The North Umpqua

I first visited the North Umpqua in 2004. I instantly realized that it was likely the most beautiful Steelhead River in the world, But I did not like fishing it. often the fishing would consist of standing on a rock and methodically lengthening my cast as the cast and step technique was not an option. Wading on the Umpqua is tougher than on any other river I have seen. As John Shewey says in his Umpqua river Journal, you may as well just jump in the river first thing in the morning and get it over with, or something to that effect. I love casting and step fishing like on the Deschutes and figured that the umpqua and I were just not a good match.

Despite this I did catch a very big fish on the Umpqua in '04. It was right at Mott's Bridge and I local had taken me there with the promise that we were about to light up the steelhead, and we truly were. He then tied a wholly-bugger on to my leader and had me cast up stream and stack mend, and led the fly fish deep. I did this and on the second drift through my line came tight and after a long battle, I had landed a Buck the was fat as hell and over 36", and I felt dirty as hell. This was not how I had imagined hooking my first Umpqua Steelhead and In short order I realized this was not the type of guy that I wanted to fish with or near when I saw him spay crayfish scent on his fly. Well he hooked a fish and I got out of there.
I got one grab on the swung fly in 04 that was it , and I wrecked my rental as I was leaving the Umpqua. So I didn't have the best flavor for the Umpqua, But over time the river grew in my mind and I knew I must go back.It was only this last week end that I did finally return to the Umpqua. My friend Charlie and I had just fished the Deschutes for 4.5 days and had landed about .5 steelhead, tough to explain quickly, but we were jonesing and sick of the desert. The Umpqua was as I remembered but also better. The River was the same, but I had changed a bit and this time I discovered more about the river and I liked it.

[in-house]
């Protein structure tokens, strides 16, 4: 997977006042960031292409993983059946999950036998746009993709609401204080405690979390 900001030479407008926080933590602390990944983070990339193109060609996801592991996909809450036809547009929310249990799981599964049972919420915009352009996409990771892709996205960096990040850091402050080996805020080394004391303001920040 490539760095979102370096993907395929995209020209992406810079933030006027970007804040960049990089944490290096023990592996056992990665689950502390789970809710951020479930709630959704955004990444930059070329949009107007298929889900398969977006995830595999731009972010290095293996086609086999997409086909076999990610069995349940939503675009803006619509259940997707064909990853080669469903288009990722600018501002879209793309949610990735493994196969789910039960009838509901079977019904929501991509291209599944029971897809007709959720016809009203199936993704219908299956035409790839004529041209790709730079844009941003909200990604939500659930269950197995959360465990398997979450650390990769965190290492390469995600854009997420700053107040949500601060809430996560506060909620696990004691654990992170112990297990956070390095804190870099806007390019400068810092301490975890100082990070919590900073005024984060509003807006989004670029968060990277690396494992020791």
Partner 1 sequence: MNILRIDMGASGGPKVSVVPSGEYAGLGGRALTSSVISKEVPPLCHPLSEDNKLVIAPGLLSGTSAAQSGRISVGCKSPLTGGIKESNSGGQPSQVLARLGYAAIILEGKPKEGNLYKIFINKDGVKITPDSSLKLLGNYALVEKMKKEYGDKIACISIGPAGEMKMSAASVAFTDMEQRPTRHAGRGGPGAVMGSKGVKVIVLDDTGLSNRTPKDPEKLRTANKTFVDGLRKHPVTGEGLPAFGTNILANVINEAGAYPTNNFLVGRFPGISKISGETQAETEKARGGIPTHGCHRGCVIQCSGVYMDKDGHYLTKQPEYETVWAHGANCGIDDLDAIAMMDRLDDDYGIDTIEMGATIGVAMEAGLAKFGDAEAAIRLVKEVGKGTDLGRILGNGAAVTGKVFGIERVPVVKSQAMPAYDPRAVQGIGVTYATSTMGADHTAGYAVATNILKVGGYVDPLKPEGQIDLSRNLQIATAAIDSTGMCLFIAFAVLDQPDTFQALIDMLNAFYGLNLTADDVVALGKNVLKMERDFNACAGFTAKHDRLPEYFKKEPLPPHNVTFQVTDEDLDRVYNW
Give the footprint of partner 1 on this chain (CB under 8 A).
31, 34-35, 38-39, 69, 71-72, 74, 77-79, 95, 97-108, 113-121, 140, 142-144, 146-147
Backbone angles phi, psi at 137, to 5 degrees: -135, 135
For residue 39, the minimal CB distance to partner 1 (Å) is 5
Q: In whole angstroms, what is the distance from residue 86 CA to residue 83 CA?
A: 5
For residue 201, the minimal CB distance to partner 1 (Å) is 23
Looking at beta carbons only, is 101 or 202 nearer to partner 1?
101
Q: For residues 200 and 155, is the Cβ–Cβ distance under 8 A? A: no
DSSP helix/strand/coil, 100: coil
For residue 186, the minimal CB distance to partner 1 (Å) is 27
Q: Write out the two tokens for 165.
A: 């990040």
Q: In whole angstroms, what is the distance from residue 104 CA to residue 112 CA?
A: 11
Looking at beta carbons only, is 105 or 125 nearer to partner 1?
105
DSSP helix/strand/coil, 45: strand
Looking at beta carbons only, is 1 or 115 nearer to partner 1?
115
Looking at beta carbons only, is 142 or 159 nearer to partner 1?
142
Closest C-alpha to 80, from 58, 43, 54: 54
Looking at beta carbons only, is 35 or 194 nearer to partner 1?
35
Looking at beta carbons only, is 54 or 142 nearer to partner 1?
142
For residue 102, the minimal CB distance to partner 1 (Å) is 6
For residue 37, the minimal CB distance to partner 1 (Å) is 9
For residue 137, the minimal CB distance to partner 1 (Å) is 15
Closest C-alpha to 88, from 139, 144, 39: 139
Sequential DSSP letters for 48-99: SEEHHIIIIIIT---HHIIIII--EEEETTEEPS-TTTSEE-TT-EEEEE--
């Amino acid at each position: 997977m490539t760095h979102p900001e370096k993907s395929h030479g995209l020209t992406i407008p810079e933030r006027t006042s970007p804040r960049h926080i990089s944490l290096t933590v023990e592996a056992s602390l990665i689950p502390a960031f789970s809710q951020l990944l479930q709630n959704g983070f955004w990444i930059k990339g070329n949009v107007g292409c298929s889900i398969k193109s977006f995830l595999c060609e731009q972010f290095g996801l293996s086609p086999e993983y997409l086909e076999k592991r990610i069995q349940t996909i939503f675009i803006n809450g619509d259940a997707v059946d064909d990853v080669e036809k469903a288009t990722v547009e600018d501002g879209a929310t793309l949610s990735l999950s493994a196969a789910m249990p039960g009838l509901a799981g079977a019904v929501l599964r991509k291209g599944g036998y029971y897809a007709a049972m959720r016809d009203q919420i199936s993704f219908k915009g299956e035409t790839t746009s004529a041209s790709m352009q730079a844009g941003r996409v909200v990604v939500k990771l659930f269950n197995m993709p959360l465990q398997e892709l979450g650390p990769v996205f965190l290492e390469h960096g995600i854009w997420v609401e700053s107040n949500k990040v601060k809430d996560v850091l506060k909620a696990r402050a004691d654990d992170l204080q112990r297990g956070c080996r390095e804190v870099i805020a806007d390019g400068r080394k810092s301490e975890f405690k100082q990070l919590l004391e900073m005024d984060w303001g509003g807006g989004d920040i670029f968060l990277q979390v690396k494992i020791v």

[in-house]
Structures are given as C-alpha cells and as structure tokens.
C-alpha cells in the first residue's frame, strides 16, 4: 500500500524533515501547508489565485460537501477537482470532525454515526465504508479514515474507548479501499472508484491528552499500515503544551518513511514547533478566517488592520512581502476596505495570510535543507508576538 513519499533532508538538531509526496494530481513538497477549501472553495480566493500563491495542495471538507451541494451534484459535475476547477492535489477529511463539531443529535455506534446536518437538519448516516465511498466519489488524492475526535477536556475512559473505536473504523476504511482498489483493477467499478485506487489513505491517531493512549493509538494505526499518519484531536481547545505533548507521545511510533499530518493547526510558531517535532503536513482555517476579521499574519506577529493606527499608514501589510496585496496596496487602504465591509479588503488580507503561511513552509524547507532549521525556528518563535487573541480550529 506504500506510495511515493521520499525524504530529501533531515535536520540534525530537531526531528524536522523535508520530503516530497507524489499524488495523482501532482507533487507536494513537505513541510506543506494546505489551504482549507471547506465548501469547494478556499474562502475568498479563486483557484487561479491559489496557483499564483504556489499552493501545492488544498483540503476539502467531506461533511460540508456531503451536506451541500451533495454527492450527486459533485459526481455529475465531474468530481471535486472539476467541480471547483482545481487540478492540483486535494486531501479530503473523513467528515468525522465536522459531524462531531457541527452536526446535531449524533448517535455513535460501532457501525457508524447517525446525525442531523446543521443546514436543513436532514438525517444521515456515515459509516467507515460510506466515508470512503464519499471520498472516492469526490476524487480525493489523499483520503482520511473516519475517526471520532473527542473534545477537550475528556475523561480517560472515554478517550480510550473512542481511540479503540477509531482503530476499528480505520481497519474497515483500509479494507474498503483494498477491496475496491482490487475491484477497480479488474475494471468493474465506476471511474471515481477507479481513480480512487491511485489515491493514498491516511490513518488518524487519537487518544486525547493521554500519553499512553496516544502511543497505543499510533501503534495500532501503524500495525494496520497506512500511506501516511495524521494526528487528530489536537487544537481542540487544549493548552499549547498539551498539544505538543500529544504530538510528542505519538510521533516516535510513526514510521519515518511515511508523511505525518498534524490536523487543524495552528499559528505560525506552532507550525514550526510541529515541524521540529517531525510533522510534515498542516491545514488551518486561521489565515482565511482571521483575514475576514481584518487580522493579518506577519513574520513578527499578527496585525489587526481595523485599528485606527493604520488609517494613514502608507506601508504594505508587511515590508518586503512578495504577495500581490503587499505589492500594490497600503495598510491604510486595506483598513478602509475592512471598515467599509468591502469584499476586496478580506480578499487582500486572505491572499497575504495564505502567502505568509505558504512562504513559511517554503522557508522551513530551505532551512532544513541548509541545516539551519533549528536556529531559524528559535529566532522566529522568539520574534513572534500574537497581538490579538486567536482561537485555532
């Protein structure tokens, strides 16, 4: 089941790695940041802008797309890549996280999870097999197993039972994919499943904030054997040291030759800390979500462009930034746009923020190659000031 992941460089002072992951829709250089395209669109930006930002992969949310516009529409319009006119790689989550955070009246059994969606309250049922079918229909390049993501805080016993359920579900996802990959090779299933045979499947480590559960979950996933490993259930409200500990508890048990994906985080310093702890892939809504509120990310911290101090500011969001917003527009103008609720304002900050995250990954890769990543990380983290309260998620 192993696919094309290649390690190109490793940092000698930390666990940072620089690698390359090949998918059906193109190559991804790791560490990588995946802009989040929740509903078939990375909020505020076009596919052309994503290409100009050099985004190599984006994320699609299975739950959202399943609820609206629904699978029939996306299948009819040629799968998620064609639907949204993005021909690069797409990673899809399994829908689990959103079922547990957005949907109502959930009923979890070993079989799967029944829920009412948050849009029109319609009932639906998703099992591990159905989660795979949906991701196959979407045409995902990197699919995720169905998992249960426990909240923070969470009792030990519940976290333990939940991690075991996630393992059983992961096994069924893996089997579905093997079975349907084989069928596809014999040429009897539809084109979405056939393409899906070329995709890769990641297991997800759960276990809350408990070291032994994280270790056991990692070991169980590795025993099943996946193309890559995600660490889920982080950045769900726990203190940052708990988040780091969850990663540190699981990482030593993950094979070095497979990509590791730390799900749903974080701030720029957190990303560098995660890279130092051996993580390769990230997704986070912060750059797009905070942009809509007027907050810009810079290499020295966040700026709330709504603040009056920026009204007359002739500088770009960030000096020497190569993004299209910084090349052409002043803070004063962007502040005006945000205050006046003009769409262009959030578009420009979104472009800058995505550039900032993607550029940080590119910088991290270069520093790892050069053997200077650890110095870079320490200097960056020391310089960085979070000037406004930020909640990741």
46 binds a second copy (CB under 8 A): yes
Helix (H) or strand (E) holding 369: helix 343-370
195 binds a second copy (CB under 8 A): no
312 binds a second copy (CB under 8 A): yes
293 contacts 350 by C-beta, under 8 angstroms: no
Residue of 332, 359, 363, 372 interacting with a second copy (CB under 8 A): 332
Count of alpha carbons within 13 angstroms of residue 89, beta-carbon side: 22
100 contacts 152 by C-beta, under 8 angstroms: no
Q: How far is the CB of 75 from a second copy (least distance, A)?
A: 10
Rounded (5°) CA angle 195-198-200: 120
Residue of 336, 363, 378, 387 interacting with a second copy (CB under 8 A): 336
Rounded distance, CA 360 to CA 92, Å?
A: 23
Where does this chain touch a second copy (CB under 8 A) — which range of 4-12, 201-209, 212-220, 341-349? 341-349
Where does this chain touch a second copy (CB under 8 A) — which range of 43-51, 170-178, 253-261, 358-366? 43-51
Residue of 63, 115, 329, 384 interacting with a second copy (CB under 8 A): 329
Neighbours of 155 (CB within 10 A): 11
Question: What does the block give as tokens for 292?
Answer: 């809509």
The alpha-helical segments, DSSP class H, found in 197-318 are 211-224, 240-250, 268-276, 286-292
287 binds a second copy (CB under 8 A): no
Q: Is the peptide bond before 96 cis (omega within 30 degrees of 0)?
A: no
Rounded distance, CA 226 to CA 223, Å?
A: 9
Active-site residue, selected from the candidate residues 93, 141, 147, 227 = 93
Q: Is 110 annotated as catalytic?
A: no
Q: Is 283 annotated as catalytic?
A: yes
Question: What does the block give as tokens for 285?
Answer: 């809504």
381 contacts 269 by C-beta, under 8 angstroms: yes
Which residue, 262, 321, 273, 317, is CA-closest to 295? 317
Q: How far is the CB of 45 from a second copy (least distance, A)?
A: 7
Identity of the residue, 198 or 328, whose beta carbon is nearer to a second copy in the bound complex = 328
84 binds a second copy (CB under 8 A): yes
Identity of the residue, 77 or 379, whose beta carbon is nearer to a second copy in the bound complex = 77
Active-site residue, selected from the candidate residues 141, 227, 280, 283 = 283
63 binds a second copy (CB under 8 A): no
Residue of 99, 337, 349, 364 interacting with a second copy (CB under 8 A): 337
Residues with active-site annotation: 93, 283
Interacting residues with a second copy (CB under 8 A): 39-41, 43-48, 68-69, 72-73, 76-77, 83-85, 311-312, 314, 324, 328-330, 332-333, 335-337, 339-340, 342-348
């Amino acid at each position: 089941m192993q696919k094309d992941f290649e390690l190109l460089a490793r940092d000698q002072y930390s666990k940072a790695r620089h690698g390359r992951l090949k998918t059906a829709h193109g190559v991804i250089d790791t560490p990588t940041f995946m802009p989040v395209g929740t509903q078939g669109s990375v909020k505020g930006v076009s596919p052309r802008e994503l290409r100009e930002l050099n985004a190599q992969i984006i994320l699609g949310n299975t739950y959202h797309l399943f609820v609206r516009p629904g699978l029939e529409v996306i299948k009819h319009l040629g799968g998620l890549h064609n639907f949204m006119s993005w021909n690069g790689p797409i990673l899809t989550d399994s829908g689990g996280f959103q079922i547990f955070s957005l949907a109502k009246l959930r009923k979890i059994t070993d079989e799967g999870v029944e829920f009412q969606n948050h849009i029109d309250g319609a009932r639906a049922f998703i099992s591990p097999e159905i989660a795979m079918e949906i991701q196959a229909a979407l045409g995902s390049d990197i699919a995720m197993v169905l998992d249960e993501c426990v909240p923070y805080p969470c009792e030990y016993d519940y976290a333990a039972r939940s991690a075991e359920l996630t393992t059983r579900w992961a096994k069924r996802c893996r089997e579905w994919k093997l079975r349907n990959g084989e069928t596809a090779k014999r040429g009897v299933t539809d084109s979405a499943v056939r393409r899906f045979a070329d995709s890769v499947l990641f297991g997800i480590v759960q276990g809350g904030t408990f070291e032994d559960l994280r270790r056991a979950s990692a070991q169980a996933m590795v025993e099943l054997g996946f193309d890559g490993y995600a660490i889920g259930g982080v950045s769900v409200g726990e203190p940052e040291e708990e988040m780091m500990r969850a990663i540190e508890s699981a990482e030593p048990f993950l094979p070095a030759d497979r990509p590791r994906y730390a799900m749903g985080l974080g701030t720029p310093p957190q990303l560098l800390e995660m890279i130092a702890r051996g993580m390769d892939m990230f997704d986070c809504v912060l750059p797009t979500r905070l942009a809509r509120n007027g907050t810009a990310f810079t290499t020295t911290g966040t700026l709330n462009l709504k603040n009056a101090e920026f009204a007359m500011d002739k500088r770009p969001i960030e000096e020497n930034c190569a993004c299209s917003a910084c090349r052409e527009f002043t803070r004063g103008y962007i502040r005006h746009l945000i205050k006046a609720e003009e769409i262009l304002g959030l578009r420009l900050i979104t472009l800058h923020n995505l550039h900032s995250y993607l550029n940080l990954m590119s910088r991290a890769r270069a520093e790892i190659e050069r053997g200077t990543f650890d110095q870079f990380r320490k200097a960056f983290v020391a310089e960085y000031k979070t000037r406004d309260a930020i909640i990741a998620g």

I found that standing on a rock and working your way out to you biggest cast can be really fun, and some runs can be rolled with the standard cast and step as well. Big flies are effective and I like that. and there are lots of wild steelhead in the river, even though catching one is a miracle.

For Charlie and I a Steelhead was not in the cards. I got a really solid grab and I caught a 17" sea run cutthroat on a skater. Charlie got our Deschutes Steelhead so I didn't feel too bad for him. If you are going to get skunked, this is the river to do it on.


Anonymous said...

haha ... that guy under the bridge, with his upstream cast and let is sink stack-mending booshie. To hear him wax on about "fly fishing this river for years" and then see how he fishes, sad really

Stephen R. Nelson said...

It is sad. Alot of the time the true reward of steelhead fishing is having all the work you put into it payoff. I am not sure that the experience would be so valuable to me if I didn't have to expend so much. I don't think guys like that feel the same.

Stephen R. Nelson said...

I am really glad I caught that fish though. I should thankful for that.

Anonymous said...

I don't get it. Why is it sad? I'm new to fly fishing so I am probably missing something. But weren't you trying to catch fish?